Let’s see how to root AT&T Galaxy S6, S6 Edge and S6 Edge Plus.

Download stock Auto Root kernel for your device’s model no. from below, and then follow the guide to install it on your device.

Stock Auto-root kernel for your device:

AT&T S6 — Link

AT&T S6 Edge — Link

AT&T S6 Edge Plus — Link

Supported devices

AT&T Samsung Galaxy S6, S6 Edge and S6 Edge Plus Edge+, only the model nos. specified in the download section above.

Don’t try this on other S6 variant not on AT&T

Don’t try on any other device whatsoever!


Warranty may be void of your device if you follow the procedures given on this page. You only are responsible for your device. We won’t be liable if any damage occurs to your device and/or its components. Also, this trips KNOX, meaning KNOX would stop working on your device, and thus you won’t be able to Samsung Pay, or install enterprise Apps on your device at Office.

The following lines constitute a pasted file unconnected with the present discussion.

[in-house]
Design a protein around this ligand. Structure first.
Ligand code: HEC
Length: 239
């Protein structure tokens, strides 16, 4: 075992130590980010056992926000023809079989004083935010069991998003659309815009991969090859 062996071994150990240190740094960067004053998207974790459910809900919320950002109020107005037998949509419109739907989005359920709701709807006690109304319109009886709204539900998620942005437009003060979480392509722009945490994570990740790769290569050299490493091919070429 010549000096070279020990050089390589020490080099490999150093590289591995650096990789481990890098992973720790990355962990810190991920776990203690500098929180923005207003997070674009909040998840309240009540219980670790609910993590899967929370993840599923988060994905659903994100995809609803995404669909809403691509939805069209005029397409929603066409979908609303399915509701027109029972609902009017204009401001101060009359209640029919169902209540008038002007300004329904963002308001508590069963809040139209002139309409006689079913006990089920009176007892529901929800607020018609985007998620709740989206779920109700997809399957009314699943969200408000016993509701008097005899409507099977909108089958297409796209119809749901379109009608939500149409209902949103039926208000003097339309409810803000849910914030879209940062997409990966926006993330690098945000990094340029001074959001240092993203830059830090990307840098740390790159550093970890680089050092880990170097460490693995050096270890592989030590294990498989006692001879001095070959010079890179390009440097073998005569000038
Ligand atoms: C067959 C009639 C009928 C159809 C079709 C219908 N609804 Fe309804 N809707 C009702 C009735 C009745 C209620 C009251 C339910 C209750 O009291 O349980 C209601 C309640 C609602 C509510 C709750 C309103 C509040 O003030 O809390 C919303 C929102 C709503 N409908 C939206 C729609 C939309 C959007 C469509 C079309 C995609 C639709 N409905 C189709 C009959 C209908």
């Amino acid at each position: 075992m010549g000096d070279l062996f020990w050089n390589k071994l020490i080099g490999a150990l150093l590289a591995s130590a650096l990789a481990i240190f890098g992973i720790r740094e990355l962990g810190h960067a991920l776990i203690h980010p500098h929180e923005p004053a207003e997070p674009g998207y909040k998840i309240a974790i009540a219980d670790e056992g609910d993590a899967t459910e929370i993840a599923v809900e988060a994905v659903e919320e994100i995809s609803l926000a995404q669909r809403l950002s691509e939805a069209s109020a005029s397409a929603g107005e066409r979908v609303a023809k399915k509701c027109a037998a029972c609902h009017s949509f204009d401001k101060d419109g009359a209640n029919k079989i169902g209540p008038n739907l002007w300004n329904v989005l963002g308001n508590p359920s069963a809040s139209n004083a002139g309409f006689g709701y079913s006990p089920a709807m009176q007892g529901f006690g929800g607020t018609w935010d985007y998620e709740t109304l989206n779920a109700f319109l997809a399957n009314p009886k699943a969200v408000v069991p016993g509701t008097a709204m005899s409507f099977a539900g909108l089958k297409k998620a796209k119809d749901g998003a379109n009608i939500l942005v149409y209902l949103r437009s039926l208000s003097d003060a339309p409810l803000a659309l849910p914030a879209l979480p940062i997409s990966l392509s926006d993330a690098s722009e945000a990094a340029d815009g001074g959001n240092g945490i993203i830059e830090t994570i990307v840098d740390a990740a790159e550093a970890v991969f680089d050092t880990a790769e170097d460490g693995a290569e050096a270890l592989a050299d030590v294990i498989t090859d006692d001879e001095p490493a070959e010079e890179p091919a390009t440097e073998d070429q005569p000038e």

Backup important file stored on your device before proceeding with the steps below, so that in case something goes wrong you’ll have backup of all your important files. Sometimes, Odin installation may delete everything on your device!

How to Root

Step 1. Download Odin and Stock Auto Root kernel file from above.

Step 3. Extract the Odin file. You should get this file, Odin3 chúng tôi (other files could be hidden, hence not visible).

Step 4. Disconnect your Galaxy S6 from PC if it is connected.

Step 5. Enable OEM unlock on your device.

Go back to Settings, scroll down, and tap on ‘Developer options’.